Pho Empire provides warm, extensive choice of noodles

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By Clare Myers
Staff Writer

 

 

 

 

 

Bo Kho beef stew. -Photo courtesy phoempire.com
Bo Kho beef stew.
-Photo courtesy phoempire.com

Last week’s cold snap might have come as a surprise, but that does not mean it has to be an unpleasant one. As someone who has called Florida home for several years now, I sympathize with those of you who panicked at the first sight of a sub-40 degree temperature reading. But the way I see it, the recent icy blast has been an important reminder of two things: first, it is November. With a forecast of sunny and 85, it can be difficult to keep in mind that the holiday season is upon us. Besides, now you can actually enjoy that hot pumpkin spice latte without breaking a sweat between Starbucks and your car.

Second, the icy blast reminded me of that part of the culinary world that I had largely ignored since last March: cold weather comfort food. And for me, there is no better remedy for shivers and chattering teeth than soup and stew. Craving something to keep us warm, a friend and I ventured out for pho.

Pho Empire is a generously-sized restaurant with typical vaguely Oriental décor sprinkled throughout. We were seated immediately and promptly taken care of by an attentive waitress with an air of professionalism.

The menu at Pho Empire was extensive, with the expected long list of pho bowls ($6.50 for a regular bowl, $7.50 for large, $8.50 for extra large) and vermicelli plates ($6.60-$8.95) along with an array of meat and rice combinations ($5.45-$8.95). I was intrigued by the extensive selection of unfamiliar drinks and shakes ($1.99-$3.55) — everything from “Salty Plum Drink” to “Ché Tråi Cåy,” a jackfruit, longan, palm seed, red tapioca and green jelly concoction in coconut milk, served over ice. There is also a varied appetizer list. I chose an order of fresh spring rolls ($2.75), which were brought out quickly. The plump rolls themselves, stuffed with vermicelli, shrimp and pork, were not particularly flavorful, but they served as a perfect vehicle for the various sauces. In addition to the two of the trendy sriracha, the sweet-and-spicy hoisin and the two hot sauces on the table, our waitress brought us a dense peanut sauce for dipping. It was the clear favorite.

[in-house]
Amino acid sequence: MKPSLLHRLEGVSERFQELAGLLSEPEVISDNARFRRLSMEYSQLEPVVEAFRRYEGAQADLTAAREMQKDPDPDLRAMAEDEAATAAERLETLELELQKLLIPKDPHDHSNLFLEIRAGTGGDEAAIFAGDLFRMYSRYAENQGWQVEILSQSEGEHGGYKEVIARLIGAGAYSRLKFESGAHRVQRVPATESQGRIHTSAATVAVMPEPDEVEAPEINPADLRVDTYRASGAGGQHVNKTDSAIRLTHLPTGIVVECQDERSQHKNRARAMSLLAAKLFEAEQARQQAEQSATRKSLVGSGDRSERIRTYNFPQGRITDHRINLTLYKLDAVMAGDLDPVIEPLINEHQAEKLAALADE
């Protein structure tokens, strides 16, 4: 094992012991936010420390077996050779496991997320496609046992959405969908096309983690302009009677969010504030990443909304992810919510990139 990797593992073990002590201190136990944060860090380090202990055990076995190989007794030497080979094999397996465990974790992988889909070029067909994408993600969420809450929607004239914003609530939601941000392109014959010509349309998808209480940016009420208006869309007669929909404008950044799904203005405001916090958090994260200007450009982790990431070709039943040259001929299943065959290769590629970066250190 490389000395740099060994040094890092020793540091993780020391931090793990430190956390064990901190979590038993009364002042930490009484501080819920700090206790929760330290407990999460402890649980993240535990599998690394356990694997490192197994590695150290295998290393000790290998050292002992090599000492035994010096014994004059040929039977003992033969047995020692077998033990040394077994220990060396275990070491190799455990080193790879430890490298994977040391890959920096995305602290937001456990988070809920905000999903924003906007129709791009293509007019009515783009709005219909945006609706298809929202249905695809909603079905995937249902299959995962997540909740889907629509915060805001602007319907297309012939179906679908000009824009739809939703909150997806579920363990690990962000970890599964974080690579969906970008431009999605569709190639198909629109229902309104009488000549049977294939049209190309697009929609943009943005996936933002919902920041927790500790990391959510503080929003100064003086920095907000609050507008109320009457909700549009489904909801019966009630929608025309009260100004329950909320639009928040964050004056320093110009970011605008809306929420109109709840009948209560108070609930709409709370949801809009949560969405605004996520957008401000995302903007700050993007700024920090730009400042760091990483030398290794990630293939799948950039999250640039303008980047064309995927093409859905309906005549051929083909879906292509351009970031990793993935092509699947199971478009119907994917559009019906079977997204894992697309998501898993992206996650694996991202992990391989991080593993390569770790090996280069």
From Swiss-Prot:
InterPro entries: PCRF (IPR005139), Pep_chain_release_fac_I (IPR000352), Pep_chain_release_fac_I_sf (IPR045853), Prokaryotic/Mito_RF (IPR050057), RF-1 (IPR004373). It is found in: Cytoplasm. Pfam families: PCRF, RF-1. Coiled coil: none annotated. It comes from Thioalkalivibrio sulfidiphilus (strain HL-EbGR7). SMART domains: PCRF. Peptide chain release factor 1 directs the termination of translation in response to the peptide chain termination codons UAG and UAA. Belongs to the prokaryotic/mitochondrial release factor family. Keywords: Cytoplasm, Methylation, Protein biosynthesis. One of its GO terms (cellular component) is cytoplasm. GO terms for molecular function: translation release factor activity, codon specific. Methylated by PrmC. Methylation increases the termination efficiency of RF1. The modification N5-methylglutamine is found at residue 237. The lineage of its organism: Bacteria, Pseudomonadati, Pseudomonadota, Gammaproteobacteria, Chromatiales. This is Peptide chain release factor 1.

But for me, the pho was the main attraction. I opted for a bowl with the traditional beef flank and an added Texas twist: brisket. My friend ordered a bowl with meatballs. The pho was brought out so quickly that we had not even finished our spring rolls yet when they arrived.

At first bite, the steaming bowl was just what I wanted on a cold evening. The beef broth was deliciously rich, and the beef flank was tender. The brisket, however, was much too well done, and the meatballs in my friend’s bowl were only so-so. They did not pick up enough of the savory broth, as the beef flank did. Nonetheless, that was a small flaw in an otherwise satisfying dish. Our regular-sized pho bowls were filling and packed with vermicelli rice noodles, which we ate with forks graciously provided by our waitress after we surrendered the chopstick struggle.

As is customary with pho, the bowls were accompanied by a plate of toppings: sprouts, jalapeños, leaves and limes. The sprouts gave the soup a nice crunch, and the limes added a citrusy pop to its rich, beefy flavor.

The dish is at its best when first delivered to the table. The heat brings out the depth in the savory pho, and this full-bodied flavor diminishes somewhat as it cools. This was not the finest pho I have ever had, but it was quite good.

 

Nearest DART station: Northlake College Station
Distance from UD: 4.8 miles
How to get there from UD: Take the Orange Line toward DFW Airport station for three stops (Northlake College). Take the 501 bus toward Downtown Irving/Heritage Crossing Station for 16 stops (about 9 minutes). Get off at Beltline @ Northgate.

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